Before the decree of 1808, the Jews of France often had ‘surnames’ (their origin was nicknames) passed down from the father. Apart from the descendants of the former sacerdotal castes, who carried the name of Cahen (or Cayen, or...) or of Lévy, these names often recalled the place of origin. Thus for Metz, the majority of people bore a hereditary “family” name.

Synagogue of Insming

However, the name of Cahen or Lévy was sometimes omitted in certain acts. In addition, the same lineage hesitates sometimes between two surnames, in particular in Metz (for example: Emmerich and Gomperz); without dealing with the various alternatives used for the same name.

This habit of hereditary nicknames was less widespread in the small communes of Lorraine, where many Jews were known only by their first name followed by their father’s first name. That custom makes difficult the tracing back of the ancestors. Moreover, it is a source of mistakes for genealogists. Thus, it was common for two individuals to bear the same name in the same locality, whether they belonged to two different families or not. Upon the death of a father, common practice was that his son gave his father’s first name to his first son immediately after the death. For example, someone called Isaac Abraham would call his son Abraham Isaac; however, the civil officer sometimes reversed the names and called the new-born baby Isaac Abraham, exactly the same name as his father.

Also female first names frequently vary between certificates or acts but that is a phenomenon also spread elsewhere than in Lorraine. Another problem concerning the first names was also widespread in Moselle : the "translation" of the Hebraic first name: for example, Nephtali could be called Cerf in Metz or Hirtz, Hertzel... in the German-speaking part of the Moselle. Quite often, both first names (for example, Nephtali and Cerf) will appear depending of the act, which can also be a source of confusion.

It should be noted that some of these phenomena continued after 1808 (the year when Jews had to choose a hereditary family name). An individual could, even then on, be designated, depending on the act, by his old or his new name, or even by a mixture of both. More information on the names of the Jews in Lorraine is available in the works (9) and (44).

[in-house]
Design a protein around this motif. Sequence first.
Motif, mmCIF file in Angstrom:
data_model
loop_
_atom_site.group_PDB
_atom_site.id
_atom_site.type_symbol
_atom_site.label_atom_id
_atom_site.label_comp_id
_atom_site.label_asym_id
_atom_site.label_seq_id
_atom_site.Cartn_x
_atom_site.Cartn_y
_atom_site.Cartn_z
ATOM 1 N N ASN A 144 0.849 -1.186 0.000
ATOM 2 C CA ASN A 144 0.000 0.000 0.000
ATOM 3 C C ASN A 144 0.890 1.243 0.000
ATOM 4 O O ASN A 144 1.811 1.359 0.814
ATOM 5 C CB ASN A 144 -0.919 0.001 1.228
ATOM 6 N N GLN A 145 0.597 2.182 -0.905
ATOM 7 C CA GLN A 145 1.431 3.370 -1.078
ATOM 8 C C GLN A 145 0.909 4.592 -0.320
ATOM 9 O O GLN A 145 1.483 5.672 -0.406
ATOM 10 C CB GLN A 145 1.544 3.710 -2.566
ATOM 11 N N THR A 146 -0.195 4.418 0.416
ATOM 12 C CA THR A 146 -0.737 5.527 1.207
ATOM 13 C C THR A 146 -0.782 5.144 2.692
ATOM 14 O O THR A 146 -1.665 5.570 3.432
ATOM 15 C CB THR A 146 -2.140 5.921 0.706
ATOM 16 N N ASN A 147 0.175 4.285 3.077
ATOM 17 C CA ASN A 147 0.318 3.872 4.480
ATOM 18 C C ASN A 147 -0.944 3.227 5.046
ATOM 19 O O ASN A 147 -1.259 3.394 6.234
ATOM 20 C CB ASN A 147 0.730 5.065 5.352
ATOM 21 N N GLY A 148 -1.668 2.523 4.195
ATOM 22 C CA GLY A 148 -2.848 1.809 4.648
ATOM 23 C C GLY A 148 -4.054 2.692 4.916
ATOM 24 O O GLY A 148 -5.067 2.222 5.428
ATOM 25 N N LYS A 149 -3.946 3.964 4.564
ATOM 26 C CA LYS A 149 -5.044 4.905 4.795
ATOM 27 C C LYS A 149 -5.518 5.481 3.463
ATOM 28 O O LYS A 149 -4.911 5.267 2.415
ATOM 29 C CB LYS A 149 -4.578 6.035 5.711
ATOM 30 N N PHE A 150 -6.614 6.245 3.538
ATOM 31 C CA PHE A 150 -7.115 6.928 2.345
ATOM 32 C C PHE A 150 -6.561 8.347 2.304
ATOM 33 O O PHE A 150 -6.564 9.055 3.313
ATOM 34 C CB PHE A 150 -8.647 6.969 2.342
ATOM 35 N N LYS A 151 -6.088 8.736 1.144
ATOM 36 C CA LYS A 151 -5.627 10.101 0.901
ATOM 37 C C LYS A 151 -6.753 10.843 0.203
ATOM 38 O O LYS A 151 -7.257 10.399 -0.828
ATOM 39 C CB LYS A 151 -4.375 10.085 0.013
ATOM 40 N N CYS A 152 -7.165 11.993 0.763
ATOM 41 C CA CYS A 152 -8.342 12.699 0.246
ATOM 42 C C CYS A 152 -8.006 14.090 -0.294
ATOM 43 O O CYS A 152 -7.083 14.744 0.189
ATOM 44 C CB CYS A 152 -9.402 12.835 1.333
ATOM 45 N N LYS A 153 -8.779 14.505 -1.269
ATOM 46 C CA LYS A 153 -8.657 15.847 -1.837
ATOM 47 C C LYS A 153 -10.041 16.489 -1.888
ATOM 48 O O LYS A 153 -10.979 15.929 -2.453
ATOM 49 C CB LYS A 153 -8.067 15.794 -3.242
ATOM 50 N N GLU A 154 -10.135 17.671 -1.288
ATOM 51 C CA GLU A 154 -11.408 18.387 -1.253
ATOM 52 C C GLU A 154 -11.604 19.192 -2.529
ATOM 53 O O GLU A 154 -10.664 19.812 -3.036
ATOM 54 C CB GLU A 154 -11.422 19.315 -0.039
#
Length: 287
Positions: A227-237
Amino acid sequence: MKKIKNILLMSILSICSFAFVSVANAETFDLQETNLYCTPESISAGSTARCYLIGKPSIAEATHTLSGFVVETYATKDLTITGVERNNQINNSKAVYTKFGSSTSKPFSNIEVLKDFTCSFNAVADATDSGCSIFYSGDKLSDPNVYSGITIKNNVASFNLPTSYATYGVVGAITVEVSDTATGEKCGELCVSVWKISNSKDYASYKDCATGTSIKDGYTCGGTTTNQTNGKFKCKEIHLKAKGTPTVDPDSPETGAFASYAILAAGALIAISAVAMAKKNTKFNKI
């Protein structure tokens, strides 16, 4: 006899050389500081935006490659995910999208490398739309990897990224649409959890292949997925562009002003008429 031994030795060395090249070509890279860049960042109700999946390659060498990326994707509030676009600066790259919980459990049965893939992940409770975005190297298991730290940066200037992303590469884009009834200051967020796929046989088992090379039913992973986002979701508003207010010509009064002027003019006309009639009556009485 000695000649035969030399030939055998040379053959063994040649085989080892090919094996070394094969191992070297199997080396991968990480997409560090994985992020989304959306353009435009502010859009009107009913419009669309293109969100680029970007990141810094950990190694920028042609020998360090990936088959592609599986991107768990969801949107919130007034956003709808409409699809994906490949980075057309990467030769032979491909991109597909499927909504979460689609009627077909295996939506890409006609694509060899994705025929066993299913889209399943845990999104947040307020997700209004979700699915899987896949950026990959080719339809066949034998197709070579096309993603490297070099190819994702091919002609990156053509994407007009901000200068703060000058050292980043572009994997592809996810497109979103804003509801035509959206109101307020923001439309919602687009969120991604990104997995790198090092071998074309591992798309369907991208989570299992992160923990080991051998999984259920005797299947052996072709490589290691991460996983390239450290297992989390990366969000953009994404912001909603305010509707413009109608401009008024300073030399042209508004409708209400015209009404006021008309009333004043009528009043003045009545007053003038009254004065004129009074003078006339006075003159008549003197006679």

Sources for the genealogist

The majority of original documents, generally handwritten, have been used by various authors. The works and articles or reviews which result from this are the basic tools of Jewish genealogy in Lorraine (see below and the bibliography) in addition to civil acts.

However, to obtain fundamental research information, like the many lists of names, one often has to consult the original document, generally handwritten (or a photocopy). Almost all these documents are quoted in the work of Gildas Bernard (13): the sources are classified by department and indexed by commune. One will find mentioned the place where each document is deposited (departmental or communal archives, libraries...) and the reference allowing you to consult it.

Because of the past history of Lorraine, some interesting documents for the areas of the old department of Meurthe currently in the Moselle are found in AD 54 (departemental archives of Meurthe-et-Moselle). Also, even if the most of the files of the district of Briey (M.-and-M.) are deposited within AD 54, some are also in AD 55 (departemental archives of Meuse) (this district belonged formerly to the Duchy of Bar), others in AD 57 ( departemental archives of Moselle) because it formed part of the department of Moselle before 1871.

A – Sources for the period covered by civil records (after 1792)

As elsewhere in France, the essential source for creating a tree up to the Revolution is civil records, which exists, in theory, in two specimens (commune and AD). In many cases, the communal specimen was deposited in the AD. In AD 57, many of the registers are reproduced on microfilms, but it is often possible to consult the original paper. In AD 54, this last possibility does not exist, all of them are on microfilms but with free access. In addition, there are various lists drawn from the civil records created, in particular by GenAmi, to assist the genealogists.